There is also the story of how Scotchgard was discovered by Patsy Sherman, who had a lucky break when she was trying to develop a special rubber.
The adhesive behind Post-it notes was discovered in 1968 by Spencer Silver, a researcher at 3M Laboratories, who was actually looking for a stronger adhesive.
Can there be a lucky break be in politics? Recently, I read a very interesting article about Joe Biden, which was published in The New Yorker on August 31, 2020, titled “Man in The Middle” written by Evan Osnos.
Joe Biden was trailing behind Bernie Sanders, when he got his lucky break in South Carolina. Before this happened, I was listening to a Public Radio interview with Representative James Clyburn, a South Carolina icon. He said that he had some political disagreements with his late wife; however, she liked Joe Biden and therefore to honor his wife, he decided to support him as well. The rest is history. Will this lucky break lead to one day, the most powerful nation in the world to have Kamala Harris, the first woman of color as the President of the United States? Time will tell.
P.S. Last week I shared four images with you of flowers without color. This week, flowers had their lucky break and their color returned. You can see them side by side, as well as other flowers on my Instagram.
Please Forgive Me
Last Friday Jews celebrated Rosh Hashanah (I wrote about it last week). In the Torah, ten days later, which falls on the eve of Sunday the 27th, starts Yom Kippur – the Day of Atonement. According to tradition, this is the day when God decides each person’s fate. So Jews are encouraged to make amends and ask forgiveness for the sins they committed over the past year. The holiday is observed with a 25-hour fast and special prayers. However, before asking God, one needs to settle their relationships with people and ask for their forgiveness. Therefore, I am using this opportunity to ask you to forgive me. One of the prayers is to ask God for the forgiveness of the sins, which we did knowingly, as well as for those which only God knows about.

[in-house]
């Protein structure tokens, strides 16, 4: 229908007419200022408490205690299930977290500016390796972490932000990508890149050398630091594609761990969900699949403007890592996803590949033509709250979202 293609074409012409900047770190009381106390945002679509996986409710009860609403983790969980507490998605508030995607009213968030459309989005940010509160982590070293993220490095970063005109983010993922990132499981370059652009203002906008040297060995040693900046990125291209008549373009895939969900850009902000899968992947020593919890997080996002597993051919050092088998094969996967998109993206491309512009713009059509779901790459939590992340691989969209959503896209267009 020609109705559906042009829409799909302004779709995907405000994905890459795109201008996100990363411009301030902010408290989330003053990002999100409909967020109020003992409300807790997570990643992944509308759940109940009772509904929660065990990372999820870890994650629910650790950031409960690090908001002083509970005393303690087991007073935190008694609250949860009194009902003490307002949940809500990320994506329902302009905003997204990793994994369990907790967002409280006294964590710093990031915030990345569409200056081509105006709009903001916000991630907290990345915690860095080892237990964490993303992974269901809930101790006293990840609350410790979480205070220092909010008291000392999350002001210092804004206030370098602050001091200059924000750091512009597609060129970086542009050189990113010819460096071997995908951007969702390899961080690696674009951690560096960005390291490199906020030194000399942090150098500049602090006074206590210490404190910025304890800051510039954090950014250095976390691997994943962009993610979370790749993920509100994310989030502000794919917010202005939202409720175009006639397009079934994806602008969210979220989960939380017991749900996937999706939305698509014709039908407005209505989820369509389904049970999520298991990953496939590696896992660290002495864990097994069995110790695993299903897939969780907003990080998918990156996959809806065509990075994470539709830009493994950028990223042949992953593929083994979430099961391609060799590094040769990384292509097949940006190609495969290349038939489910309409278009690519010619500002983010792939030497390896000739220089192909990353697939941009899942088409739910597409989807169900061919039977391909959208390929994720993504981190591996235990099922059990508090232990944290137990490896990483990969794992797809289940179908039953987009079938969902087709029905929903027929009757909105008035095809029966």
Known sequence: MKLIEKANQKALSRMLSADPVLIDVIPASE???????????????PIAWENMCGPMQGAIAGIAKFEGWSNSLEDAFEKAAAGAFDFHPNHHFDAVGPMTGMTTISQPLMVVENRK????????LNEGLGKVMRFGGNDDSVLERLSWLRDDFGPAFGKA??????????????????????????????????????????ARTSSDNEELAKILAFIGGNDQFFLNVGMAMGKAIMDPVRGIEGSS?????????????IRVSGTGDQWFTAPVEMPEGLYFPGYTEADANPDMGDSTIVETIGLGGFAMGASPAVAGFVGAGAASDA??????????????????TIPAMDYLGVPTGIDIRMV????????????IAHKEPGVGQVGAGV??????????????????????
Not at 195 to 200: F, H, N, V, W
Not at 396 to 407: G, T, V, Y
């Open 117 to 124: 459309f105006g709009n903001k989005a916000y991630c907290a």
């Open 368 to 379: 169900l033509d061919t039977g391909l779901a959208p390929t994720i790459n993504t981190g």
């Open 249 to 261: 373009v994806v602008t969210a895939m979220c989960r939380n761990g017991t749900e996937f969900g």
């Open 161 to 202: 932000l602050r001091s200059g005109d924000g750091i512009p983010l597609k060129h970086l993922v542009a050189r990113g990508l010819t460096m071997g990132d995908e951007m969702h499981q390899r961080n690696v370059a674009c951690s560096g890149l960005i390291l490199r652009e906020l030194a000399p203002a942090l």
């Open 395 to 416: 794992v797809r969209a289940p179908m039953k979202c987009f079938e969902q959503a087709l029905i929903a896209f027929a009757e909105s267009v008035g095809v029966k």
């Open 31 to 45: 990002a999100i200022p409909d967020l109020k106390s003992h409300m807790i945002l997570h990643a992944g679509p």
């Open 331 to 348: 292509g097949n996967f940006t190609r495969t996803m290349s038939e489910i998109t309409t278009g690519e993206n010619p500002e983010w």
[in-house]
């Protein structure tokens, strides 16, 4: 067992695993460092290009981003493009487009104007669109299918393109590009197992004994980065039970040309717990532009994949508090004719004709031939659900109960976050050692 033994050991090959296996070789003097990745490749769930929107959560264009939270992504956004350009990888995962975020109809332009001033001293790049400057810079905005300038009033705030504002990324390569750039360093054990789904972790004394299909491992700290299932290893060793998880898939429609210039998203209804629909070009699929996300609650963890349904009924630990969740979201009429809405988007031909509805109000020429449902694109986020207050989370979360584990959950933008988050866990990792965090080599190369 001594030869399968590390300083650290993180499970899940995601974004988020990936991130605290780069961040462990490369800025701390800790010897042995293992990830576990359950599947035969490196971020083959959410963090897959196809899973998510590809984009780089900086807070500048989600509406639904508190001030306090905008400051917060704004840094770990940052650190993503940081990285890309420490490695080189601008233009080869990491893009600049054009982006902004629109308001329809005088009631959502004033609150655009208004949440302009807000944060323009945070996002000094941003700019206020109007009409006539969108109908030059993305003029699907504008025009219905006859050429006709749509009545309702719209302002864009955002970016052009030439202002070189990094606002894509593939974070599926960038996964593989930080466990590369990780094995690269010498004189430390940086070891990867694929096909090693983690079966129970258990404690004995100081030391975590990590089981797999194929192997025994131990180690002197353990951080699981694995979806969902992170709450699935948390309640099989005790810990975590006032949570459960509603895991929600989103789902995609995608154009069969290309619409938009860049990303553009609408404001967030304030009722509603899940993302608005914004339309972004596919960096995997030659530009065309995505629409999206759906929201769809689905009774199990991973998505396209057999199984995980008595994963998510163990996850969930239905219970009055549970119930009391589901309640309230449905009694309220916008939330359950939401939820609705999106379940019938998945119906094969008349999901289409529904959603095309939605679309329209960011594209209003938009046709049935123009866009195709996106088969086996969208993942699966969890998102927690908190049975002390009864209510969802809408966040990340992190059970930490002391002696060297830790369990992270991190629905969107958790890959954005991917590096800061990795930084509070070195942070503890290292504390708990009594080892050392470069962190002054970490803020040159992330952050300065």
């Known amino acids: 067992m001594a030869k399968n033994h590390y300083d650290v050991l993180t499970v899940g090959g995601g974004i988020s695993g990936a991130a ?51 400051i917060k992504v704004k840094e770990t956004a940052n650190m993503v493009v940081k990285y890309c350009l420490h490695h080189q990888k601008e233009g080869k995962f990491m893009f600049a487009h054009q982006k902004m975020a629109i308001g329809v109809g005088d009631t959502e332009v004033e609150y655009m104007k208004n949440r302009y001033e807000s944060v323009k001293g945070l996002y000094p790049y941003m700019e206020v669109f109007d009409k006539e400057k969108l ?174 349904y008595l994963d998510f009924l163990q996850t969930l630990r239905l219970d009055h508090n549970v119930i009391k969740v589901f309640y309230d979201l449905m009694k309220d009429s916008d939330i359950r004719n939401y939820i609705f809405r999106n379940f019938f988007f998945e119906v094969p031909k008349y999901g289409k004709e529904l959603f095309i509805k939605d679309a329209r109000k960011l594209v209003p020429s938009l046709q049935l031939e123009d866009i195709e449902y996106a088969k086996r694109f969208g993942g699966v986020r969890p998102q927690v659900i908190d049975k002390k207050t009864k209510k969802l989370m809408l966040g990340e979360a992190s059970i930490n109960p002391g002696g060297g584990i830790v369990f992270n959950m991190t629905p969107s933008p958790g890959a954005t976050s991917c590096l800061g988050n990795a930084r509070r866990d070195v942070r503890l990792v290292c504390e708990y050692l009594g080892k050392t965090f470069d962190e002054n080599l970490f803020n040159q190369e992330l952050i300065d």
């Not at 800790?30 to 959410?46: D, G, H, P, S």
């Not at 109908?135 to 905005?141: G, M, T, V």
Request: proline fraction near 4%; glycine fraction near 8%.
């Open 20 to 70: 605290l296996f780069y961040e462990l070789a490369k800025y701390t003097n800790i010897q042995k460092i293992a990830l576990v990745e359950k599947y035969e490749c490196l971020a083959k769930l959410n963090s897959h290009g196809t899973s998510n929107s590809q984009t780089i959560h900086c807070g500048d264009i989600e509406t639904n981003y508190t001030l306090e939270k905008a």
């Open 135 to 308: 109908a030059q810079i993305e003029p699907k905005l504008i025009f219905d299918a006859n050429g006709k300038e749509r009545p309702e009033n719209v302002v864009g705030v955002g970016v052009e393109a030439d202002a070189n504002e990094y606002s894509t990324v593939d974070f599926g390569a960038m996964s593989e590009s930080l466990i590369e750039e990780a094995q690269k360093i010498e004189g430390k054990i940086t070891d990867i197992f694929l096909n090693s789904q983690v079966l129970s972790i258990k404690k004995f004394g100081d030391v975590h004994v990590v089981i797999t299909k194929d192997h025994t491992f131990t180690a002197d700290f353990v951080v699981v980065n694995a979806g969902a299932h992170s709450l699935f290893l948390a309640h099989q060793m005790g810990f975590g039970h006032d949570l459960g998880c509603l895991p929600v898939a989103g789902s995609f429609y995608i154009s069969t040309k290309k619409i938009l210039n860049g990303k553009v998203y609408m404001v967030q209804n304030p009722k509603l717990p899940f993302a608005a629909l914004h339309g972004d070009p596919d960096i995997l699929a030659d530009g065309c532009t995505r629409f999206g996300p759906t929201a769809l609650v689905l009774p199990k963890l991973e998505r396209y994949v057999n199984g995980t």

This brings to mind a joke about a man, who while praying tells God, “During the last year you did many things which I did not like, such as, the Coronavirus, fires, tornadoes, and the list goes on. At the same time, I am sure that I had a few transgressions of which you did not approve. So, let’s make a deal; if you forgive me, I will forgive you and we will be even.” Jokes aside, we all have choices of what to do and how to behave. Some call it free will. However, it seems that even our choices come from Torah.
Recently in the weekly portion I was reading that Moses before ending his life’s journey told the Israelites, “See – I have placed before you today the life and good, and the death and evil” (Nitzavim 30:15). And then a few lines later, as to repeat his important message, he said again, “I have placed life and death before you, blessing and curse; and you shall choose life, so that you will choose life, so that you will live, you and your offspring” (Nitzavim 30:19). And then he concludes in the next chapter, “For I know that after my death you will stay from the path that I have commanded you and evil will befall you at the end of days, if you do what is evil in the eyes of Hashem (God), to anger him through your handiwork” (Vayelech 31:29).
It is estimated that Moses died in 1271 BCE. It seems that years later his prophecy was fulfilled, since humans stray from God’s guidance all time. Therefore, the Torah gave us Yom Kippur, so that at least once a year the Jews can clean their consciousness, and there is hope that in spite of our misbehavior, we will be forgiven and choose to live. I am wishing you good final judgement.
P.S. For this story I decided to share with you some images of flowers without color. Use your imagination of how your life is going to look in full color. Sometime in the near future I will show you my color versions.